But for early European explorers and colonizers, plant life in South America and the Caribbean represented a primitive, romantic symbol that fueled Latin American stereotypes that in many ways persist today. To them, it was a lush region filled with sensual passion, nearly naked savages, and wild tropical vegetation. Drawings of natives making twine ropes, women adorned with fruit baskets, and plants growing wild in jungle landscapes infiltrated the European consciousness.

"Incorporating nature into buildings was a way for Europeans to say, 'Look at our mastery over nature. We can reproduce all of Panama and its nature inside of this building,'?" Larsen says. The Royal Waiting Room at the Imperial Station in Vienna, a photograph taken by Wolfgang Thaler in 1894, captures Austrian architect Otto Wagner's depiction of a philodendron garden as an homage to the Austrian king's love of nature. Notably, he shunned Austrian flora in favor of the more exotic.

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In the 1920s, a cultural exchange with Latin America began to blossom among the European and American elite. A Jaguar Hunt in a Mexican Jungle, a mural study commissioned for the estate of Cornelius Vanderbilt Whitney, suggests the infiltration of such an aesthetic in a wealthy American home. The United States was presented with a taste for tropical landscapes, bold color, and exotic fantasies through editorial layouts in magazines such as House & Garden and Holiday.

"The images of Latin America that begin to circulate in the 1930s through the 1960s create a popular trend for integrating plants into the home," Larsen notes. "Nature is a way for Western Americans to convey a tropical identity, but there is no distinction between Mexican culture or Brazilian."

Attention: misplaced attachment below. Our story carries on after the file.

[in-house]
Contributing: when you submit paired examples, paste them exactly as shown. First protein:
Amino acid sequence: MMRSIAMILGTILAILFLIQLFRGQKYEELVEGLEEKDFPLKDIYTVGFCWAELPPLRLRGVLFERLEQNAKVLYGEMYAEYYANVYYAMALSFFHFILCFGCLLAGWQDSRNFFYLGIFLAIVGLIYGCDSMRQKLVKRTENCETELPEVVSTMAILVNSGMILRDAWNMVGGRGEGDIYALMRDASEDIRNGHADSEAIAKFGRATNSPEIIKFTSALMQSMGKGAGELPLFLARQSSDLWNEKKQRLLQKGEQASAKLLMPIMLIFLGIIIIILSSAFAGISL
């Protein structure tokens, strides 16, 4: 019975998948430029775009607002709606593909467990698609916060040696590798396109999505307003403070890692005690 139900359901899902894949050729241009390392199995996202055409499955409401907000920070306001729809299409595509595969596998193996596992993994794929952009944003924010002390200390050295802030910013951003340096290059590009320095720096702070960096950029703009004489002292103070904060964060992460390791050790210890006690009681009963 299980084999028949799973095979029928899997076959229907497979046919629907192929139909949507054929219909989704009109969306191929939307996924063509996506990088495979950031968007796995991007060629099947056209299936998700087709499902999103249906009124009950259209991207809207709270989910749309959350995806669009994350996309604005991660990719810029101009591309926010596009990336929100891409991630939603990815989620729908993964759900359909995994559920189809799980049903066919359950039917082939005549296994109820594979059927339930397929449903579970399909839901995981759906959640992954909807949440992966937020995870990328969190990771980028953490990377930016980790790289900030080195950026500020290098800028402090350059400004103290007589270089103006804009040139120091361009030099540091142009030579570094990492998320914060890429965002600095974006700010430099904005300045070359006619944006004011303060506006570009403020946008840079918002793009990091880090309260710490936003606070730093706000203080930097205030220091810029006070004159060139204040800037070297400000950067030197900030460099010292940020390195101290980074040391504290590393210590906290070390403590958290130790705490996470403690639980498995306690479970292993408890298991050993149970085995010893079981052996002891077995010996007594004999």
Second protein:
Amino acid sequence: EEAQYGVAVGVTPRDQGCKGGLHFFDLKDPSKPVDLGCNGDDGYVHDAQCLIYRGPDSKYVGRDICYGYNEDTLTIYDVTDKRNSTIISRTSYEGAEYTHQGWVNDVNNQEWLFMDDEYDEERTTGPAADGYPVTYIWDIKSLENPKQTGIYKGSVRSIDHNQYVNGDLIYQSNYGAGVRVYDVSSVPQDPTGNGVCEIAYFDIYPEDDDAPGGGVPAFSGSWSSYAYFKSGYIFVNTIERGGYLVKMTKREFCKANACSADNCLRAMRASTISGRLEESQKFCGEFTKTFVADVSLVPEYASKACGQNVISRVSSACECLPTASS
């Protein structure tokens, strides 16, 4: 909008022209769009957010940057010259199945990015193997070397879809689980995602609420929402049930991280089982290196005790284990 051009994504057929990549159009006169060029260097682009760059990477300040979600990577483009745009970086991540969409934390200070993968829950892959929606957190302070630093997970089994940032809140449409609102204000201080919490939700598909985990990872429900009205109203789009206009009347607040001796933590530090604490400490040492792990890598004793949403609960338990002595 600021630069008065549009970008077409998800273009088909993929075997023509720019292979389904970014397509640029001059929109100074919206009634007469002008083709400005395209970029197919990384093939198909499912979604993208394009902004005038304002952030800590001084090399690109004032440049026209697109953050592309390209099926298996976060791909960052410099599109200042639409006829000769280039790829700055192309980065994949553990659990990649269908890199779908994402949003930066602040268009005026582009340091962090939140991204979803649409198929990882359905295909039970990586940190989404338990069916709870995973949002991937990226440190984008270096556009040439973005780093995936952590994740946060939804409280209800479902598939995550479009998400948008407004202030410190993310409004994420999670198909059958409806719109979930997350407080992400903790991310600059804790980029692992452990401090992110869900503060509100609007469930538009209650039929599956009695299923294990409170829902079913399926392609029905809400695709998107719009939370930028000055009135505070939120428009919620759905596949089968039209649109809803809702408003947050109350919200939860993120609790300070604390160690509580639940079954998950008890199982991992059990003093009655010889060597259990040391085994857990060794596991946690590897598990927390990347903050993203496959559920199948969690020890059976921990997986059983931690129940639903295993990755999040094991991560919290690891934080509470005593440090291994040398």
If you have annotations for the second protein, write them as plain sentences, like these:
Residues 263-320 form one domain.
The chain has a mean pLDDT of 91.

Despite a lack of specific identity, the tropics trend inevitably stuck, and "Philodendron" presents plenty of evidence. There's Dorothy Draper's furnishing line Brazilliance, film clips displaying scenes of Carmen Miranda and her hip-shaking samba, and photos of modern living rooms stuffed with philodendrons, usually placed in corners as a way to bring nature inside. The exhibition also showcases architects such as Richard Neutra and Herzog & de Meuron, who since the 1970s have created modern structures that directly respond to the environment in which they're built. Fashion and industrial designers use the plant as an inspiration for prints, shapes, and embroidery in designs that trickle down to widely consumed brands like H&M and IKEA. And artists use the philodendron as a backdrop for their portraits, like in Karl Lagerfeld's photo of artist Michele Oka Doner.

The show is a swan song for Larsen, who will soon depart the Wolfsonian for the Metropolitan Museum of Art in New York. "Philodendron" presents a lush historical panorama of a plant that's rooted in our subconscious in an utterly immersive way: In bold wallpaper patterns, classic filmography, and sculptural hand-carved furniture, the philodendron is everywhere you turn, and after this show, it's unlikely you'll overlook its influence again.

"Philodendron: From Pan-Latin Exotic to American Modern"
Through February 28, 2016, at the Wolfsonian-FIU, 1001 Washington Ave., Miami Beach; wolfsonian.org. Open Friday through Tuesday 10 a.m. to 9 p.m. and Thursday 10 a.m. to 6 p.m. Closed Wednesday. Admission costs $7 for adults and $5 for seniors, students with ID, and children 6 to 12. Children under 6 get in free.

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The Wolfsonian-FIU

1001 Washington Ave.
Miami Beach, FL 33139

305-531-1001

www.wolfsonian.org